Day breaks in western Afghanistan. Outside, gunshots fired by the Taliban pierce the hazy sky. A loudspeaker plays a cappella chants — or taranas — that demand the attention of citizens. Emergency vehicles transferring bodies broadcast recitations from the Quran. As children fight and play on unpaved roads, the chant-like prayers of mullahs reverberate across the city five times a day. There’s only one sound that’s missing — music.
Under the Taliban’s regime, music is sinful and a crime. But for many in Afghanistan, especially musicians and K-pop enthusiasts, it’s an escape. It’s a secret symbol of peace.
Neima Naqshi secretly teaches music to a handful of students, including girls, despite the Taliban’s harsh measures that prohibit people from listening to or creating music.
“A large part of our energy is spent on security arrangements so that we do not fall into the trap of the Taliban,” he told New Lines. “If you tell this story to people of the Western world, they will either not believe you or they will laugh at you. But we live in a part of the world where this situation has become a part of our life.”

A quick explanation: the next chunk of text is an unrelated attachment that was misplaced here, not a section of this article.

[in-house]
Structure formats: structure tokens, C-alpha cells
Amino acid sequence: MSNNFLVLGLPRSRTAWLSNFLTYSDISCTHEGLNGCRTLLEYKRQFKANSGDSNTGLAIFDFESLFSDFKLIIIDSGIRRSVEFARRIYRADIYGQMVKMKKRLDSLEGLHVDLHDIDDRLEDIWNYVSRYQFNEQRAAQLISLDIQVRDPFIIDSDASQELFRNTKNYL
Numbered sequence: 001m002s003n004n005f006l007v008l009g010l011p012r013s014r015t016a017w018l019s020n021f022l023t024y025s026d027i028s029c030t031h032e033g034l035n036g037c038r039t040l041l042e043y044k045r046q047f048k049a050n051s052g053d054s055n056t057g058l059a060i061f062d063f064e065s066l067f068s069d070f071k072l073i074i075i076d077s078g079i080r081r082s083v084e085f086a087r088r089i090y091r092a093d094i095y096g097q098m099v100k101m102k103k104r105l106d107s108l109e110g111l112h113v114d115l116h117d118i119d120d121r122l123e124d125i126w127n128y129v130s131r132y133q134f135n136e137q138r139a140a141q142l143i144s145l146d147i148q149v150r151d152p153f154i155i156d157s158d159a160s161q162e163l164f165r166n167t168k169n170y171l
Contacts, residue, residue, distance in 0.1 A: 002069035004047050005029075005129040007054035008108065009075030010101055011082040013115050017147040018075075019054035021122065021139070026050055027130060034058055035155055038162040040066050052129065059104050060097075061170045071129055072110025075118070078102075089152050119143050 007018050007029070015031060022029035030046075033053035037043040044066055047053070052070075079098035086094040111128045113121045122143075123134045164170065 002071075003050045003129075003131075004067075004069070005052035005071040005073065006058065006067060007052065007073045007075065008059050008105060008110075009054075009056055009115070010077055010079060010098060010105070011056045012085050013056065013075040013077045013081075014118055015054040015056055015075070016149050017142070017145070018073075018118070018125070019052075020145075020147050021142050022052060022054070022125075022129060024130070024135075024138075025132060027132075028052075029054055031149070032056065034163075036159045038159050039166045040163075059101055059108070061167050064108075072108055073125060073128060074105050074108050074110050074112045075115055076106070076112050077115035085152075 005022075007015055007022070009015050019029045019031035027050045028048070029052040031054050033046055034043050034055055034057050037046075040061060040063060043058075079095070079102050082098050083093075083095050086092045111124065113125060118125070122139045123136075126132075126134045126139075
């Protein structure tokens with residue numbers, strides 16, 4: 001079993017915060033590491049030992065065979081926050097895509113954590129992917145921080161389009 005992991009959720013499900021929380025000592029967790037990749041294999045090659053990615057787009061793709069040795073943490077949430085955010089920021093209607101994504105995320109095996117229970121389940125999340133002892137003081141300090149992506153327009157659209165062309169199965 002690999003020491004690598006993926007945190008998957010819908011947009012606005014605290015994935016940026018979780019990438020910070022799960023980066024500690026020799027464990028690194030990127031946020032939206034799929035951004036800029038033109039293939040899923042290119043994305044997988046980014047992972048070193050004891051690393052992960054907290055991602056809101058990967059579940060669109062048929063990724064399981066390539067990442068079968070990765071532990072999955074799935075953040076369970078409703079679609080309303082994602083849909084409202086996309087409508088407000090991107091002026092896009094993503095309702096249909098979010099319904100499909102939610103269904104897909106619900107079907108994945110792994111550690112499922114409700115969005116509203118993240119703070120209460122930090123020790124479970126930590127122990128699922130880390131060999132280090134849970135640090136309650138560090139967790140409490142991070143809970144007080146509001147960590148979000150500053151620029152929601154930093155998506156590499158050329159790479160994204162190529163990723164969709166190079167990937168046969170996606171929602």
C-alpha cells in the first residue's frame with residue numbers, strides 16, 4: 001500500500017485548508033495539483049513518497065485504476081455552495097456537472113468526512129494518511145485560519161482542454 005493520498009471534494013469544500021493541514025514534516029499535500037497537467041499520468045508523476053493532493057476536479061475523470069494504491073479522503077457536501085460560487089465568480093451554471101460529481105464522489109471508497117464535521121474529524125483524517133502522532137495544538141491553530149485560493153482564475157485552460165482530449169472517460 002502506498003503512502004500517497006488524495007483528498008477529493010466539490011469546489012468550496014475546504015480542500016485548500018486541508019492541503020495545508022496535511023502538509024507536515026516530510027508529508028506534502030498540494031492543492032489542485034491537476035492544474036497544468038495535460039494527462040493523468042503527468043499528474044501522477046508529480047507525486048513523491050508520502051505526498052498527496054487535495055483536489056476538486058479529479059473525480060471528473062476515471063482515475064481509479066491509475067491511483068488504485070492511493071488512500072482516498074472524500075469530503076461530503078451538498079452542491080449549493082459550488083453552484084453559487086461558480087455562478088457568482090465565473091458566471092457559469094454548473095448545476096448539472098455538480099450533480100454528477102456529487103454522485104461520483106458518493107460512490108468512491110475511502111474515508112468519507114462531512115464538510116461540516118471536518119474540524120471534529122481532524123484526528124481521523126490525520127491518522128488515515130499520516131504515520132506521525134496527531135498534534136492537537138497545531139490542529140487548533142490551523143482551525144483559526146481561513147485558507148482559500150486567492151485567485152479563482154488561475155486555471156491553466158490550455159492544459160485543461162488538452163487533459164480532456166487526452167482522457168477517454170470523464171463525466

Since their takeover of the country, the extremist group has not only banned music and music education but has also prohibited girls from attending classes past sixth grade. Women are told to stay home and can’t go to the gym or to a park. They can’t work for an NGO. They can’t get a driver’s license. The list goes on.
For Nilofar, 26, and her sister, Mahsa, 20 — who are both confined to their home in western Afghanistan — the restrictions placed on women and girls have left them feeling like captives.
“Since we’re not allowed to go outside, I assume myself to be a prisoner,” Nilofar said. [Continue reading…]